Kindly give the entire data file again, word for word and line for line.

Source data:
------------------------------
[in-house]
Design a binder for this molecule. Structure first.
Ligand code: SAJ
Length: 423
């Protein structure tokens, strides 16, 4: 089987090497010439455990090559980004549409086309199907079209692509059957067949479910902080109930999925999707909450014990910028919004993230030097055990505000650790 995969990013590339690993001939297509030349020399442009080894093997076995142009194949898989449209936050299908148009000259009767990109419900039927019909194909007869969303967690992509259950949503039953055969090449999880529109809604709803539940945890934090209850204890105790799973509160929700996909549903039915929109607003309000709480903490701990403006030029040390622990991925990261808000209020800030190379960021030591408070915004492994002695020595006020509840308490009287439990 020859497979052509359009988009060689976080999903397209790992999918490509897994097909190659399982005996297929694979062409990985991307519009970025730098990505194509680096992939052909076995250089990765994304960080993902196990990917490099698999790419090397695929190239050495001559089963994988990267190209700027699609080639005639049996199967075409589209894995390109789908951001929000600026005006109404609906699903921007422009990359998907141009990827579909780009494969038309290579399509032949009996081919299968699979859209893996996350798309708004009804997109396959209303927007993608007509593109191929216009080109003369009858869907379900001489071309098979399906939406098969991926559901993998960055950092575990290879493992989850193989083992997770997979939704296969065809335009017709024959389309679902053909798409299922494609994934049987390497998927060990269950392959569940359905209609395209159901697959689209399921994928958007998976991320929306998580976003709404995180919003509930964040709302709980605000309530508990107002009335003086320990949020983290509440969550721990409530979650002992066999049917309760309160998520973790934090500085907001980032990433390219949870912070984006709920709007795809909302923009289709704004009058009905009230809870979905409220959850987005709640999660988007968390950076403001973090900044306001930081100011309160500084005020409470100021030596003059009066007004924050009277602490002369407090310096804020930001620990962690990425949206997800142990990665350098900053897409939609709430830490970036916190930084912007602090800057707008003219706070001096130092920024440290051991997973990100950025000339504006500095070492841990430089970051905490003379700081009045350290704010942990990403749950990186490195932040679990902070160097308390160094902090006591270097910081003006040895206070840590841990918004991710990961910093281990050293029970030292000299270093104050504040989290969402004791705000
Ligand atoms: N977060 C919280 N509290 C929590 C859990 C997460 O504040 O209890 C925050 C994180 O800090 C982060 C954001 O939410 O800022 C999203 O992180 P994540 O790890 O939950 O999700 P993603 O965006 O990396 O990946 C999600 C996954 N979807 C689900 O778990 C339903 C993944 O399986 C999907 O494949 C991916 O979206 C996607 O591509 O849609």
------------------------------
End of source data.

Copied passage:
[in-house]
Design a binder for this molecule. Structure first.
Ligand code: SAJ
Length: 423
């Protein structure tokens, strides 16, 4: 089987090497010439455990090559980004549409086309199907079209692509059957067949479910902080109930999925999707909450014990910028919004993230030097055990505000650790 995969990013590339690993001939297509030349020399442009080894093997076995142009194949898989449209936050299908148009000259009767990109419900039927019909194909007869969303967690992509259950949503039953055969090449999880529109809604709803539940945890934090209850204890105790799973509160929700996909549903039915929109607003309000709480903490701990403006030029040390622990991925990261808000209020800030190379960021030591408070915004492994002695020595006020509840308490009287439990 020859497979052509359009988009060689976080999903397209790992999918490509897994097909190659399982005996297929694979062409990985991307519009970025730098990505194509680096992939052909076995250089990765994304960080993902196990990917490099698999790419090397695929190239050495001559089963994988990267190209700027699609080639005639049996199967075409589209894995390109789908951001929000600026005006109404609906699903921007422009990359998907141009990827579909780009494969038309290579399509032949009996081919299968699979859209893996996350798309708004009804997109396959209303927007993608007509593109191929216009080109003369009858869907379900001489071309098979399906939406098969991926559901993998960055950092575990290879493992989850193989083992997770997979939704296969065809335009017709024959389309679902053909798409299922494609994934049987390497998927060990269950392959569940359905209609395209159901697959689209399921994928958007998976991320929306998580976003709404995180919003509930964040709302709980605000309530508990107002009335003086320990949020983290509440969550721990409530979650002992066999049917309760309160998520973790934090500085907001980032990433390219949870912070984006709920709007795809909302923009289709704004009058009905009230809870979905409220959850987005709640999660988007968390950076403001973090900044306001930081100011309160500084005020409470100021030596003059009066007004924050009277602490002369407090310096804020930001620990962690990425949206997800142990990665350098900053897409939609709430830490970036916190930084912007602090800057707008003219706070001096130092920024440290051991997973990100950025000339504006500095070492841990430089970051905490003379700081009045350290704010942990990403749950990186490195932040679990902070160097308390160094902090006591270097910081003006040895206070840590841990918004991710990961910093281990050293029970030292000299270093104050504040989290969402004791705000
Ligand atoms: N977060 C919280 N509290 C929590 C859990 C997460 O504040 O209890 C925050 C994180 O800090 C982060 C954001 O939410 O800022 C999203 O992180 P994540 O790890 O939950 O999700 P993603 O965006 O990396 O990946 C999600 C996954 N979807 C689900 O778990 C339903 C993944 O399986 C999907 O494949 C991916 O979206 C996607 O591509 O849609």